The house overlooks the stunning Italianate garden with topiary, grottos and pools, leading to a wild garden which rolls into the scenic valley below.
Voted “the nation’s finest manor house” by Country Life magazine, Mapperton, near Beaminster, has been the home of the Earl and Countess of Sandwich for the past 30 years. However management of the historic house and estate is now passing to their son, Viscount Hinchingbrooke, who intends to turn the property into a more widely-known tourist destination.
Plans to improve facilities for visitors this year include the conversion of part of a stable block into a new ticket office and shop, as well as the provision of a new car park.
The Earl of Sandwich says: “We are really looking forward to welcoming more visitors to Mapperton House this year. Until now the house has mainly been open on July and August afternoons, but this year we will be taking small groups on guided tours throughout the season (with the exception of Fridays and Saturdays).”
His son Lord Hinchingbrooke adds: “We have lodged a planning application for various changes which should make a big difference to visitors. These include a new car park, shop and ticket office, as well as improvements to the area outside the popular Sawmill Café.”
“We hope to complete the first phase of work this year, while in the longer term we plan to build a new drive to the car park, which will provide visitors with a splendid view of the house as they arrive.”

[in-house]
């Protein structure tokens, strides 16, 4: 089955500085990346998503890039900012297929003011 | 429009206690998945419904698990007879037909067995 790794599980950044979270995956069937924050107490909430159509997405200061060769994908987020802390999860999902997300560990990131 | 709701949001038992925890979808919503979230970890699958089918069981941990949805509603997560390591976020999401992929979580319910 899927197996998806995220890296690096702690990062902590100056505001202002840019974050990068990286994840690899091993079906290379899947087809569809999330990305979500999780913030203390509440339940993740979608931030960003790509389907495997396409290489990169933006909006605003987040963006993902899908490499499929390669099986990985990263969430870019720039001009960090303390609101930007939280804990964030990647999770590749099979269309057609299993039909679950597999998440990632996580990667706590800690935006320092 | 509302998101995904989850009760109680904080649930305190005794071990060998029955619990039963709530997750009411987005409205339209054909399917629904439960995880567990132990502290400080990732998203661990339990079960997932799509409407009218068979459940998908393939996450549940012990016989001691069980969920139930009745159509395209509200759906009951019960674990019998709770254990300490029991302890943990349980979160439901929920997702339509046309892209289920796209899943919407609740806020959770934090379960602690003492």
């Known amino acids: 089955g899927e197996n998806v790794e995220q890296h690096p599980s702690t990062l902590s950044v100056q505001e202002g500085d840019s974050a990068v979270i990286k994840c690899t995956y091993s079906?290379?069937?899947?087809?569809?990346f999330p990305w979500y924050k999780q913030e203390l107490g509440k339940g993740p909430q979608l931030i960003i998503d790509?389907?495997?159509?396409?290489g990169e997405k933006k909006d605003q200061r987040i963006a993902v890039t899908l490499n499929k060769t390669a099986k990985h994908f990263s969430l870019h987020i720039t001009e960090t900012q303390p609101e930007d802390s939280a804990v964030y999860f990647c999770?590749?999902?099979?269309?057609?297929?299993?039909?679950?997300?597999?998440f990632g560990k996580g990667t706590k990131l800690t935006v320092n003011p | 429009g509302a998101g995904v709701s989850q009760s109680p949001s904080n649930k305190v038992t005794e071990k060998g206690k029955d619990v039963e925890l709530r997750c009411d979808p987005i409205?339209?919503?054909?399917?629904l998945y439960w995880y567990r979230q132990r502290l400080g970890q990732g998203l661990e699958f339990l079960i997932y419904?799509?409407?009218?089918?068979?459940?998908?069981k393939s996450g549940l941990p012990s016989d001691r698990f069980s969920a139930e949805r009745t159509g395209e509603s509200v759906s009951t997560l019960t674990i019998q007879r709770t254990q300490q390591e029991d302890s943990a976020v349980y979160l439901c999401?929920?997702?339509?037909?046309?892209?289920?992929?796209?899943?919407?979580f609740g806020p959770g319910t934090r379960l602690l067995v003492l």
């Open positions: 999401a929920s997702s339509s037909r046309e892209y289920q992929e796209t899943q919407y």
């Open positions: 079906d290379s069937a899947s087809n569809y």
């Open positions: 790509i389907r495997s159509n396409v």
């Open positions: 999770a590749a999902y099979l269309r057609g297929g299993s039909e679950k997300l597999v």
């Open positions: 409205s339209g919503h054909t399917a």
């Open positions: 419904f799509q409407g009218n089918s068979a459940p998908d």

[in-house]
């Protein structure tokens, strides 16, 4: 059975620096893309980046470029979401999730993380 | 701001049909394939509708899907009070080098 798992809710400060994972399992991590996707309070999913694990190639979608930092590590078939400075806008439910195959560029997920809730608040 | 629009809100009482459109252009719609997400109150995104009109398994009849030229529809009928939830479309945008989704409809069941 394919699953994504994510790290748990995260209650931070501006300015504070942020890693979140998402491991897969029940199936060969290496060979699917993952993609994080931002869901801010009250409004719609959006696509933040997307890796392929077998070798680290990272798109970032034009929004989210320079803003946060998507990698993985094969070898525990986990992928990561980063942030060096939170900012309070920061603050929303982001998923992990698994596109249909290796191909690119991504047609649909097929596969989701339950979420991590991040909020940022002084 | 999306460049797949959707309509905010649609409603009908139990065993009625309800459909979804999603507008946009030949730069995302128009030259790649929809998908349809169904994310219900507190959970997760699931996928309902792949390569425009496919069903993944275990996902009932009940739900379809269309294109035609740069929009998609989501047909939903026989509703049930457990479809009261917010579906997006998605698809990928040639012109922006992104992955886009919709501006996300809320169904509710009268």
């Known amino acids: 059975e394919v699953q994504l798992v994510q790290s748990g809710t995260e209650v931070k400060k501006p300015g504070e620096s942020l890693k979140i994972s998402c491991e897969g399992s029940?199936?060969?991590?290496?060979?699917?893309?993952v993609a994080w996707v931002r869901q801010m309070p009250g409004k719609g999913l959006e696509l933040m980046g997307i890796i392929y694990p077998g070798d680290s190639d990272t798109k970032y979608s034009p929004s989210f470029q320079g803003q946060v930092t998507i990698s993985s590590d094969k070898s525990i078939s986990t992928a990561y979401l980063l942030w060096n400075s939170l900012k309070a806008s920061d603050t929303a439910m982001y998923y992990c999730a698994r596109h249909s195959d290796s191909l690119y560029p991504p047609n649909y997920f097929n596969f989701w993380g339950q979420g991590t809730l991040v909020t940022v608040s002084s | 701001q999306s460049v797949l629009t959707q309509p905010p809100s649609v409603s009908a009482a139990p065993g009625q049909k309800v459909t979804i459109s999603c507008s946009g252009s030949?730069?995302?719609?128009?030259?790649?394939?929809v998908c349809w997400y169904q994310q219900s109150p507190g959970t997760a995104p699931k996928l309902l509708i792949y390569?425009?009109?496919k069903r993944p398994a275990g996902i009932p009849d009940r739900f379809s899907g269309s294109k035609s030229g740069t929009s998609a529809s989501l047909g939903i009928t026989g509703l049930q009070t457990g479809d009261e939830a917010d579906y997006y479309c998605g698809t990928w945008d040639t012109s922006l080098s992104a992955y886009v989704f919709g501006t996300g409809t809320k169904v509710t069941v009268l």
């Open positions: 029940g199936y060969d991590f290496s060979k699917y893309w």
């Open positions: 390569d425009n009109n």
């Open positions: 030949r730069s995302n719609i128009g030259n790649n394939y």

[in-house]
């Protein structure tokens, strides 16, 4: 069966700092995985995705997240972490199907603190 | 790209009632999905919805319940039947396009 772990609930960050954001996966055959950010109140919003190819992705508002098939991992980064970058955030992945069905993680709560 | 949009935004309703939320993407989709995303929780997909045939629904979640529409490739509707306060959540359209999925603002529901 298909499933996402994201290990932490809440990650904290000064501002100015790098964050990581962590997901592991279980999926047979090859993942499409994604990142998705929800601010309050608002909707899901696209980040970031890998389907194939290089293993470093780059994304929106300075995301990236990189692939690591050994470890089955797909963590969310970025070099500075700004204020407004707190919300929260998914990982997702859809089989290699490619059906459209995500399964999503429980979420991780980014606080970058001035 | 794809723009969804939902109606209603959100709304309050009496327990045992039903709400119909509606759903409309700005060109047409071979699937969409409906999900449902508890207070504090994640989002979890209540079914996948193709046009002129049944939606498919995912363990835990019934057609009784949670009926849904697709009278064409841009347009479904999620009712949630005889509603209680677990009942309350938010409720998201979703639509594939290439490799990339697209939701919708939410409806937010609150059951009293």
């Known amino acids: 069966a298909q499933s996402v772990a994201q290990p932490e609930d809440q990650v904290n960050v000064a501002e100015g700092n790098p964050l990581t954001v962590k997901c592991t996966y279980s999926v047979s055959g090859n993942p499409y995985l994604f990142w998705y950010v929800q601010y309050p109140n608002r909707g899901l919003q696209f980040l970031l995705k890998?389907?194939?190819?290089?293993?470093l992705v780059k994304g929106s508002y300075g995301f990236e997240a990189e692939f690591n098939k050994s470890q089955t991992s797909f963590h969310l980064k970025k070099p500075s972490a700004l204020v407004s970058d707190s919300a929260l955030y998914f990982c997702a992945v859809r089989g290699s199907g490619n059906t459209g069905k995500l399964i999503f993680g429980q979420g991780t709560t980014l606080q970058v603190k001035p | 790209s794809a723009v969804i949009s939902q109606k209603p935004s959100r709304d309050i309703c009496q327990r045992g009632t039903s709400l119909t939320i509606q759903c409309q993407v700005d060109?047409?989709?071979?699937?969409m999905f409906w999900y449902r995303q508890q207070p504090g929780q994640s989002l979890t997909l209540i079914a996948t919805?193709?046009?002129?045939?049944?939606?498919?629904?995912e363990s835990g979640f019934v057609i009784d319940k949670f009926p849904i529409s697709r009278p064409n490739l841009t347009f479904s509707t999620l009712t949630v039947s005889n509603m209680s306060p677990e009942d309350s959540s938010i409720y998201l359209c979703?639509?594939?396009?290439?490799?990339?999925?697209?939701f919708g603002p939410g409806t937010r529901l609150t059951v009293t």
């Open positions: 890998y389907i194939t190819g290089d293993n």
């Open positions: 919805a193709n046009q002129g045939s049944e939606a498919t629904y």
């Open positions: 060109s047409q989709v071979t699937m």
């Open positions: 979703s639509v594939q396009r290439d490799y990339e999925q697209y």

“We’re delighted to open our home to visitors and we hope they will come and spend a day here, touring the gardens and getting an inside view of a very special historic house and family collection.”
Far From the Madding Crowd, the film adaptation of the novel by Thomas Hardy, is released today in cinemas across the UK. While Carey Mulligan plays the role of Bathsheba, the true star is of course Mapperton, which was turned into the location of Everdene Farm. Scoring 83% on Rotten Tomatoes, the film has been mostly feted by the critics, with Tony Medley of the esteemed Tolucan Times claiming that it is “one of the best films I’ve seen this century.”
Mapperton’s elegant front courtyard was turned into a mud-caked 19th century farmyard for the filming of Far From the Madding Crowd, which is released in cinemas on 1 May. “The whole thing was turned into a complete swamp, all earth and stone,” reveals Lady Sandwich in an article in the Sunday Times today. “They put a heavy tarpaulin of some sort over all the grass in the courtyard, and on top of that they scattered mud and sand and stone and turned it into a very rough surface.”
Today the mud (and the chickens and the longhorn cows) are long gone, and visitors won’t find any trace of the transformation. Except perhaps for the sapling walnut tree, whose progenitor was sacrificed to make way for all that muck.
Children will love following our Easter Trail around the Gardens on Easter Monday. 11am to 3pm. £3 per child. See you then! pic.twitter.com/UioyXTvVmL